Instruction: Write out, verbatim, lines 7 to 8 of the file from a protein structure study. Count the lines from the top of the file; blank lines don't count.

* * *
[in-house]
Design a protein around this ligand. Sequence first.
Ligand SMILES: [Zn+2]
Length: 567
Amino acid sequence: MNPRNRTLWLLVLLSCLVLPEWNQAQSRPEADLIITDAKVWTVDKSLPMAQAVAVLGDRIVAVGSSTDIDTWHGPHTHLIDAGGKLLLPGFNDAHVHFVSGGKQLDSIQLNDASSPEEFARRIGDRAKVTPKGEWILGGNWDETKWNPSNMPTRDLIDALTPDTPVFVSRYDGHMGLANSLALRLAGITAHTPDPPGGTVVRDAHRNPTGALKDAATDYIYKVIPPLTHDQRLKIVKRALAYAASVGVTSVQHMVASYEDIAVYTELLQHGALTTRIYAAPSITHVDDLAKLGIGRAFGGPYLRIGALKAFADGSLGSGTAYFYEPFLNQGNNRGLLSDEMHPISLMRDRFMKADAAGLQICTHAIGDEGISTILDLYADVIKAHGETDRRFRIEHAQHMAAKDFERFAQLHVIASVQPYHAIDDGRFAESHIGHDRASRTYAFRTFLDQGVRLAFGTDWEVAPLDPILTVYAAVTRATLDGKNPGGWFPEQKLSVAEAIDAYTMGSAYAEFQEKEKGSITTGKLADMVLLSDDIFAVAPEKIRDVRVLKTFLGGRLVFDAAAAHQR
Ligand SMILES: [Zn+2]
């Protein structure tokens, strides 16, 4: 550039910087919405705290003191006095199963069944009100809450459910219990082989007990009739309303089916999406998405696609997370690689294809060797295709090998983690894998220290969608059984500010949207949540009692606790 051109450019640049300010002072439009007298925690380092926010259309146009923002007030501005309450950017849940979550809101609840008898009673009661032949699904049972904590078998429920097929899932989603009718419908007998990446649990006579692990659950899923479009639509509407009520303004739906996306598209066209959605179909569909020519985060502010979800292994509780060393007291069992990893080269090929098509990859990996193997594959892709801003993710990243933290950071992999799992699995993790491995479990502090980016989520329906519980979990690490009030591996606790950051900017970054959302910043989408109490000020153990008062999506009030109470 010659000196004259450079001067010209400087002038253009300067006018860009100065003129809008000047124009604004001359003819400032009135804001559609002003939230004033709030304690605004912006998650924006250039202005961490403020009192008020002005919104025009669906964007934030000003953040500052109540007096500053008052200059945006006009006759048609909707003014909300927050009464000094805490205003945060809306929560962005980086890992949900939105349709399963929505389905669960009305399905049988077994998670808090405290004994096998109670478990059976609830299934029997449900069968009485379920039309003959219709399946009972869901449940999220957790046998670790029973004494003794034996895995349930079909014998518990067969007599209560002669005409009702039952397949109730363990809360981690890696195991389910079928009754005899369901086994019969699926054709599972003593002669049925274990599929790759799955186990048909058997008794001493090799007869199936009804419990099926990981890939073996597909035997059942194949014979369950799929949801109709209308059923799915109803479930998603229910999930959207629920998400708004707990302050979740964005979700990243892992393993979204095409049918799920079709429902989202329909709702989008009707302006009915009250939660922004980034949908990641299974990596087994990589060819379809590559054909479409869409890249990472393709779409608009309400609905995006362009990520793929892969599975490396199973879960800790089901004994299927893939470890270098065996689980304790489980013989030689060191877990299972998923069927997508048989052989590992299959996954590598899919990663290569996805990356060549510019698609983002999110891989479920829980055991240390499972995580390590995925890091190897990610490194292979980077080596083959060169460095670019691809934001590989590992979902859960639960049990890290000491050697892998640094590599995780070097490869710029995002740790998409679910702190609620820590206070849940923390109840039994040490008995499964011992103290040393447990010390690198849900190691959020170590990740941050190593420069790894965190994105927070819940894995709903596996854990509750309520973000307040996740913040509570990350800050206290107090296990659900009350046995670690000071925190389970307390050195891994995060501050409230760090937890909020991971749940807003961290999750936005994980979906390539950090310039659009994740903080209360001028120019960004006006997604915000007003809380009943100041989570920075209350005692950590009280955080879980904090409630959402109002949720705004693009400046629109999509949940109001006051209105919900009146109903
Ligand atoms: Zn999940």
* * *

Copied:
């Protein structure tokens, strides 16, 4: 550039910087919405705290003191006095199963069944009100809450459910219990082989007990009739309303089916999406998405696609997370690689294809060797295709090998983690894998220290969608059984500010949207949540009692606790 051109450019640049300010002072439009007298925690380092926010259309146009923002007030501005309450950017849940979550809101609840008898009673009661032949699904049972904590078998429920097929899932989603009718419908007998990446649990006579692990659950899923479009639509509407009520303004739906996306598209066209959605179909569909020519985060502010979800292994509780060393007291069992990893080269090929098509990859990996193997594959892709801003993710990243933290950071992999799992699995993790491995479990502090980016989520329906519980979990690490009030591996606790950051900017970054959302910043989408109490000020153990008062999506009030109470 010659000196004259450079001067010209400087002038253009300067006018860009100065003129809008000047124009604004001359003819400032009135804001559609002003939230004033709030304690605004912006998650924006250039202005961490403020009192008020002005919104025009669906964007934030000003953040500052109540007096500053008052200059945006006009006759048609909707003014909300927050009464000094805490205003945060809306929560962005980086890992949900939105349709399963929505389905669960009305399905049988077994998670808090405290004994096998109670478990059976609830299934029997449900069968009485379920039309003959219709399946009972869901449940999220957790046998670790029973004494003794034996895995349930079909014998518990067969007599209560002669005409009702039952397949109730363990809360981690890696195991389910079928009754005899369901086994019969699926054709599972003593002669049925274990599929790759799955186990048909058997008794001493090799007869199936009804419990099926990981890939073996597909035997059942194949014979369950799929949801109709209308059923799915109803479930998603229910999930959207629920998400708004707990302050979740964005979700990243892992393993979204095409049918799920079709429902989202329909709702989008009707302006009915009250939660922004980034949908990641299974990596087994990589060819379809590559054909479409869409890249990472393709779409608009309400609905995006362009990520793929892969599975490396199973879960800790089901004994299927893939470890270098065996689980304790489980013989030689060191877990299972998923069927997508048989052989590992299959996954590598899919990663290569996805990356060549510019698609983002999110891989479920829980055991240390499972995580390590995925890091190897990610490194292979980077080596083959060169460095670019691809934001590989590992979902859960639960049990890290000491050697892998640094590599995780070097490869710029995002740790998409679910702190609620820590206070849940923390109840039994040490008995499964011992103290040393447990010390690198849900190691959020170590990740941050190593420069790894965190994105927070819940894995709903596996854990509750309520973000307040996740913040509570990350800050206290107090296990659900009350046995670690000071925190389970307390050195891994995060501050409230760090937890909020991971749940807003961290999750936005994980979906390539950090310039659009994740903080209360001028120019960004006006997604915000007003809380009943100041989570920075209350005692950590009280955080879980904090409630959402109002949720705004693009400046629109999509949940109001006051209105919900009146109903
Ligand atoms: Zn999940």